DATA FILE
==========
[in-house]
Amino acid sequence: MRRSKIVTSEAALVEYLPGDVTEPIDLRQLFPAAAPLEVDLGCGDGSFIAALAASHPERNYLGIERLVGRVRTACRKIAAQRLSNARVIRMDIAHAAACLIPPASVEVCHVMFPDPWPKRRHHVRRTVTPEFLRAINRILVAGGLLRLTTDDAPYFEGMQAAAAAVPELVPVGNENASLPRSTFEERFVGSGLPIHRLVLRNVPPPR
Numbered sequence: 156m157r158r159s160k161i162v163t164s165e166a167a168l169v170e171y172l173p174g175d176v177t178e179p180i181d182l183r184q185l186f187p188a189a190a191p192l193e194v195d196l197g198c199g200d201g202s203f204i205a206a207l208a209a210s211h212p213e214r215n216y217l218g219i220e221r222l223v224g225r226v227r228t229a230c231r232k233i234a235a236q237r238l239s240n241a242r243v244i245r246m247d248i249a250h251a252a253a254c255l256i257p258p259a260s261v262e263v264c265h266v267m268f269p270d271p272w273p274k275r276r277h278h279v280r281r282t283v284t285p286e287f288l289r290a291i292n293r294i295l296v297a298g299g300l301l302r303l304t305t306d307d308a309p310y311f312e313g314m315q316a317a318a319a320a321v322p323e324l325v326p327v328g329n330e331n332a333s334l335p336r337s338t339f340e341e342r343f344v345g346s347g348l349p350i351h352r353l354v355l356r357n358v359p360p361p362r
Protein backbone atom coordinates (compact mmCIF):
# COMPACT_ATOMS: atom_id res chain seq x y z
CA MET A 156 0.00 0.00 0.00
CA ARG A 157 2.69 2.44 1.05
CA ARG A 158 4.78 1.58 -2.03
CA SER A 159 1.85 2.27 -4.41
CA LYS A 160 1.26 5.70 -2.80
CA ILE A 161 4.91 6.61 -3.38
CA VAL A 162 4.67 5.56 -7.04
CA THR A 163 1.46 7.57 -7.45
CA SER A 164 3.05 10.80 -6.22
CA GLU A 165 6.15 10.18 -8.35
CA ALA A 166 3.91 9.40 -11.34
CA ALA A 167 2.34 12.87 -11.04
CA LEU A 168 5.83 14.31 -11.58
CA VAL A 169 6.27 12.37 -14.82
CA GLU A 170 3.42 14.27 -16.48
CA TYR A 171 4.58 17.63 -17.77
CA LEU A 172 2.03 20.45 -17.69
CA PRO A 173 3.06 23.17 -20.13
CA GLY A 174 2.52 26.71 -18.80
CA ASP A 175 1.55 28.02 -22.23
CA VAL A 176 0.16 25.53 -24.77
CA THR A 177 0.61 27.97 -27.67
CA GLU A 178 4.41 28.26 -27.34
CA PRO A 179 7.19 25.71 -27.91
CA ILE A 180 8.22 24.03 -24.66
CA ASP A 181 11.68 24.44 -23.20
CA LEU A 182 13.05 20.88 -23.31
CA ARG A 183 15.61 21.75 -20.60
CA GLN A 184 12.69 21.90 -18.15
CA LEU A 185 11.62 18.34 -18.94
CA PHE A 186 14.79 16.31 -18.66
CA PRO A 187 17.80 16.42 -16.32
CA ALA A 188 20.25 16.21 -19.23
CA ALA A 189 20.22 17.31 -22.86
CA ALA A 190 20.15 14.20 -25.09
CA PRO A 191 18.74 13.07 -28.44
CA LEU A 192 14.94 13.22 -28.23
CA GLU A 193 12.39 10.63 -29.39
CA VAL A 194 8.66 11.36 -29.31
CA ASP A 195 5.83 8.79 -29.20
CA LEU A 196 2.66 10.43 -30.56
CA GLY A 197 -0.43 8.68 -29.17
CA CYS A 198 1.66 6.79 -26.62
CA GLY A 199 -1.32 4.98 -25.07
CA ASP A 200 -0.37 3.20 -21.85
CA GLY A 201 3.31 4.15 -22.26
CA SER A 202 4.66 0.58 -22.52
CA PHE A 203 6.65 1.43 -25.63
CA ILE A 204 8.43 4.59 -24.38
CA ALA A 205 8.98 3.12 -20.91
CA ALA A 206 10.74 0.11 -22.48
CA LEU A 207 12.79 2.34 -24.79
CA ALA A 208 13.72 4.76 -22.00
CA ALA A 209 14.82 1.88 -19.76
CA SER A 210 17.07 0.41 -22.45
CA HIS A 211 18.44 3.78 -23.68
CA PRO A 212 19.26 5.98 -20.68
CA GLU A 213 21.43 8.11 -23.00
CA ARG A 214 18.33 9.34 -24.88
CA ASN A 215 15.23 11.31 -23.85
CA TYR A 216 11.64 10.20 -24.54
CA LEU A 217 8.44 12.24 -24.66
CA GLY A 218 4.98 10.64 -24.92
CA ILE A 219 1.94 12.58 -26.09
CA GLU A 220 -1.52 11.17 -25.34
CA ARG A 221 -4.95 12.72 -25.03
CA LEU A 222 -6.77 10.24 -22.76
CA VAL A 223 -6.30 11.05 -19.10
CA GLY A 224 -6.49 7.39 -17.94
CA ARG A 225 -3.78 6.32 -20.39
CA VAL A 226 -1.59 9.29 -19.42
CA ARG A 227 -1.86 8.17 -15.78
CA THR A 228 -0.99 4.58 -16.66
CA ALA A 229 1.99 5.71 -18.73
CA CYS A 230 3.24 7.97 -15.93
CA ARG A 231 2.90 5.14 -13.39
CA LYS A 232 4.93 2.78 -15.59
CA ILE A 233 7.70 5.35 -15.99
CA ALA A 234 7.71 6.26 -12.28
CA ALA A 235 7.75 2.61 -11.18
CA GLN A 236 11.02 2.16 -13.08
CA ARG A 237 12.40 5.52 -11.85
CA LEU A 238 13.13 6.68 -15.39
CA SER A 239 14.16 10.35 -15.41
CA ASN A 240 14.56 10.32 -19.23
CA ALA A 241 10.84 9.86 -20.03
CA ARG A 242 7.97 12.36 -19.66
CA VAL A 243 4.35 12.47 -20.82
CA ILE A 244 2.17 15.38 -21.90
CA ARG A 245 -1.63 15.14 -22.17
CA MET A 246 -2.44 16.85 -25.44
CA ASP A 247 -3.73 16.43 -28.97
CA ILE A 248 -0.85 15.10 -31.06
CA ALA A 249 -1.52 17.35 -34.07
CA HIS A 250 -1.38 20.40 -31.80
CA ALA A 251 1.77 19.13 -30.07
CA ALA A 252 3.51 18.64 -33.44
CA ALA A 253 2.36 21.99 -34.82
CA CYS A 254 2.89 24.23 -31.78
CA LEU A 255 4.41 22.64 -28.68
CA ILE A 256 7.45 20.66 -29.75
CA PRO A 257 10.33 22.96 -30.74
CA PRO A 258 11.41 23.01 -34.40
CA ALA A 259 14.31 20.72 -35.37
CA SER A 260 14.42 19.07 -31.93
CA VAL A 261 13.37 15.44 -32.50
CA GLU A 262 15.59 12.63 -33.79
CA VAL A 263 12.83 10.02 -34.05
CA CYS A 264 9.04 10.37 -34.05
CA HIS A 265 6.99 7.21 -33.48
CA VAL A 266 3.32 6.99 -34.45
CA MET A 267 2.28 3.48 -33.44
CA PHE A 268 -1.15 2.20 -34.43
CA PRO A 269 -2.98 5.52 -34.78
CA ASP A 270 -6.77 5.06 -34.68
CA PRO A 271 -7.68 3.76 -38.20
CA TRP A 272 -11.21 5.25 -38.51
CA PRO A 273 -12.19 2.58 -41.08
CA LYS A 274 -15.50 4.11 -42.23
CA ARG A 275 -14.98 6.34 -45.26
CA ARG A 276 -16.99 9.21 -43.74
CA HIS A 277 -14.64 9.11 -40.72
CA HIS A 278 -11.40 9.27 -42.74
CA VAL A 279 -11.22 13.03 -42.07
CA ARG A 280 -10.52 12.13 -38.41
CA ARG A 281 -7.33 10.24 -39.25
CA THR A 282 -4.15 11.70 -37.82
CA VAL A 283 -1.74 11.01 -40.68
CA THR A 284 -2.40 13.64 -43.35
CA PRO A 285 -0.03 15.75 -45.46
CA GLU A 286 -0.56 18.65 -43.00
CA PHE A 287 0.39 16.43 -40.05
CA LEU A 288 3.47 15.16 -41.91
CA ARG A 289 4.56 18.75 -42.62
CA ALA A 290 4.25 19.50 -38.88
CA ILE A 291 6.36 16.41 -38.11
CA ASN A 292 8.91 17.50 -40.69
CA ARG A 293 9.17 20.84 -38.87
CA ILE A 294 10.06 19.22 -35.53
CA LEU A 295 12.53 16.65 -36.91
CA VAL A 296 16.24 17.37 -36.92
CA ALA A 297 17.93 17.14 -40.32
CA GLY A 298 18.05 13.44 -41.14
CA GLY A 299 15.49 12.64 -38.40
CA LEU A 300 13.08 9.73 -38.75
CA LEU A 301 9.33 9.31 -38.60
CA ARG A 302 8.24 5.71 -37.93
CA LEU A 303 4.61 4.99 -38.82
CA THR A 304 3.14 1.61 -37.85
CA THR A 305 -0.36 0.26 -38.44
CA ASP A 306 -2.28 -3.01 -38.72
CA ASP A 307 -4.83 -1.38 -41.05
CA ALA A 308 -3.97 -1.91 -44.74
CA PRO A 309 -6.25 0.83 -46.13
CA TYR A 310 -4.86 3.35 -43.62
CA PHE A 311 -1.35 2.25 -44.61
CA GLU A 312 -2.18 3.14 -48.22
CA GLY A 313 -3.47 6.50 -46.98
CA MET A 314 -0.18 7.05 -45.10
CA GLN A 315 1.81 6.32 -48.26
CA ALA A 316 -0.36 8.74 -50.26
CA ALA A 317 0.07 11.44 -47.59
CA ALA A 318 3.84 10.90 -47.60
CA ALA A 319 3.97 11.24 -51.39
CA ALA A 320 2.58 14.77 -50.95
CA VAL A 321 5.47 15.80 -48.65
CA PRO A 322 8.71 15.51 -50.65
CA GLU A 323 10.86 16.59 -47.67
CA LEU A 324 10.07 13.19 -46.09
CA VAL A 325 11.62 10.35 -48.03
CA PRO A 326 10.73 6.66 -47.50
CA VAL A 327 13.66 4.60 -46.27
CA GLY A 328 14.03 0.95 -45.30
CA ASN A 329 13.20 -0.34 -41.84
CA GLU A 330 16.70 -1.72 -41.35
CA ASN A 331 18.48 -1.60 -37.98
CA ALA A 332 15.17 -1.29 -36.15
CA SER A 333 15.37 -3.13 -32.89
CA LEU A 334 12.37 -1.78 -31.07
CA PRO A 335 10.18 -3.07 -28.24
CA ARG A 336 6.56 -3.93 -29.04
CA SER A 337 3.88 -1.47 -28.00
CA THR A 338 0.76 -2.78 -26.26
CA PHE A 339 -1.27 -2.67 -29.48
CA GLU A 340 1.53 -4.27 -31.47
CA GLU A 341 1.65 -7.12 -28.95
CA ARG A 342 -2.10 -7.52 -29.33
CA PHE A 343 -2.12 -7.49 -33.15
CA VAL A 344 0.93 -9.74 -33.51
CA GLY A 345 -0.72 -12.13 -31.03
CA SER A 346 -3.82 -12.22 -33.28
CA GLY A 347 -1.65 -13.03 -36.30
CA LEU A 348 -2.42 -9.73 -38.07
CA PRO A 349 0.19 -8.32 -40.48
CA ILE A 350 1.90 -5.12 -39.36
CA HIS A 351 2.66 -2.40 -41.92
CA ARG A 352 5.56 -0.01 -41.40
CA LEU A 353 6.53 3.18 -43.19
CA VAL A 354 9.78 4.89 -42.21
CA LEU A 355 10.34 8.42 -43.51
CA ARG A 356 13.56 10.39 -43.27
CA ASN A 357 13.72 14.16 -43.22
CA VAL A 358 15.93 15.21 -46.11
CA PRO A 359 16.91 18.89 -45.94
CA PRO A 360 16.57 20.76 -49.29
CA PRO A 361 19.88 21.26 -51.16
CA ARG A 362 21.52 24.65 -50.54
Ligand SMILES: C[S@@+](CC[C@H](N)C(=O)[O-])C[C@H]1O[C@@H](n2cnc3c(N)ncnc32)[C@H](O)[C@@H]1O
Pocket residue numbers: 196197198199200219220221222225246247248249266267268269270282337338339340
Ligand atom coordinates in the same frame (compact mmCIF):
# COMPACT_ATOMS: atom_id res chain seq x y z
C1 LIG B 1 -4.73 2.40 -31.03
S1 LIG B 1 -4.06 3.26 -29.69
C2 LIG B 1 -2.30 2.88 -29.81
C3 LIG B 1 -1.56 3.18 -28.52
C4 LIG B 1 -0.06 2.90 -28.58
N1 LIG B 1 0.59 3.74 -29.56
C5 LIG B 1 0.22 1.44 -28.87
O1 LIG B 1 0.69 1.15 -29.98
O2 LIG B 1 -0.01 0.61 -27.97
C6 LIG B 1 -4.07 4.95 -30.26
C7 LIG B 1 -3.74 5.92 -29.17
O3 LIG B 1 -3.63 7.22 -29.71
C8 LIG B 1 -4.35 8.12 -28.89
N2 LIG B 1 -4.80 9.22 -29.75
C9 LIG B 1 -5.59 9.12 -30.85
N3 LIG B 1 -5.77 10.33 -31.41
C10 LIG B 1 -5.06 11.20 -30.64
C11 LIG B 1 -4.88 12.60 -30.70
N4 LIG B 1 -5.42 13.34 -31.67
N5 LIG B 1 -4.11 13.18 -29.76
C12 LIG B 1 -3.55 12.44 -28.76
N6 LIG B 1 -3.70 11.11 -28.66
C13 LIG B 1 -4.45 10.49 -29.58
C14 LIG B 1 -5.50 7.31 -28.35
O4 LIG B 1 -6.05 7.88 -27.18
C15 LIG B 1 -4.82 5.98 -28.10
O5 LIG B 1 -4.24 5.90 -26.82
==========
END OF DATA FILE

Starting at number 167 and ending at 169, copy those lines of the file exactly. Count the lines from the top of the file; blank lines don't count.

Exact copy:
CA ALA A 317 0.07 11.44 -47.59
CA ALA A 318 3.84 10.90 -47.60
CA ALA A 319 3.97 11.24 -51.39